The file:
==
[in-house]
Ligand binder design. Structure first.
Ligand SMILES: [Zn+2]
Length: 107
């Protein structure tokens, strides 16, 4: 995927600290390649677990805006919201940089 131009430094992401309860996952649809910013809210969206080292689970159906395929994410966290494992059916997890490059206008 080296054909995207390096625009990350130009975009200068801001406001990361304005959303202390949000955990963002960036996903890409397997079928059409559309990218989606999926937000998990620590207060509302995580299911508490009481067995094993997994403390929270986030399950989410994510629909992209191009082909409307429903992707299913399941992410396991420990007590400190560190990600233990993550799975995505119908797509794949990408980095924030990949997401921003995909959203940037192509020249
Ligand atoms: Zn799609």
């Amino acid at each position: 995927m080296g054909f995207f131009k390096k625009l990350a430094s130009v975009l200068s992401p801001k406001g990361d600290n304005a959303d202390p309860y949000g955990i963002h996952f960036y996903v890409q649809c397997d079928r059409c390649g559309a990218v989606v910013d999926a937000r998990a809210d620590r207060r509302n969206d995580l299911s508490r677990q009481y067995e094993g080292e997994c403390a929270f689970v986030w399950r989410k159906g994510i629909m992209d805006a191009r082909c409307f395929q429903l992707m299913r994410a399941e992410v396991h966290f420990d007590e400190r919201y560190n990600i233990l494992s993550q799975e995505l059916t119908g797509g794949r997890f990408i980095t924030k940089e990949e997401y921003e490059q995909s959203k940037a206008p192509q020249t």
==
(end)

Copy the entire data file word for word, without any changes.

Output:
[in-house]
Ligand binder design. Structure first.
Ligand SMILES: [Zn+2]
Length: 107
């Protein structure tokens, strides 16, 4: 995927600290390649677990805006919201940089 131009430094992401309860996952649809910013809210969206080292689970159906395929994410966290494992059916997890490059206008 080296054909995207390096625009990350130009975009200068801001406001990361304005959303202390949000955990963002960036996903890409397997079928059409559309990218989606999926937000998990620590207060509302995580299911508490009481067995094993997994403390929270986030399950989410994510629909992209191009082909409307429903992707299913399941992410396991420990007590400190560190990600233990993550799975995505119908797509794949990408980095924030990949997401921003995909959203940037192509020249
Ligand atoms: Zn799609």
């Amino acid at each position: 995927m080296g054909f995207f131009k390096k625009l990350a430094s130009v975009l200068s992401p801001k406001g990361d600290n304005a959303d202390p309860y949000g955990i963002h996952f960036y996903v890409q649809c397997d079928r059409c390649g559309a990218v989606v910013d999926a937000r998990a809210d620590r207060r509302n969206d995580l299911s508490r677990q009481y067995e094993g080292e997994c403390a929270f689970v986030w399950r989410k159906g994510i629909m992209d805006a191009r082909c409307f395929q429903l992707m299913r994410a399941e992410v396991h966290f420990d007590e400190r919201y560190n990600i233990l494992s993550q799975e995505l059916t119908g797509g794949r997890f990408i980095t924030k940089e990949e997401y921003e490059q995909s959203k940037a206008p192509q020249t």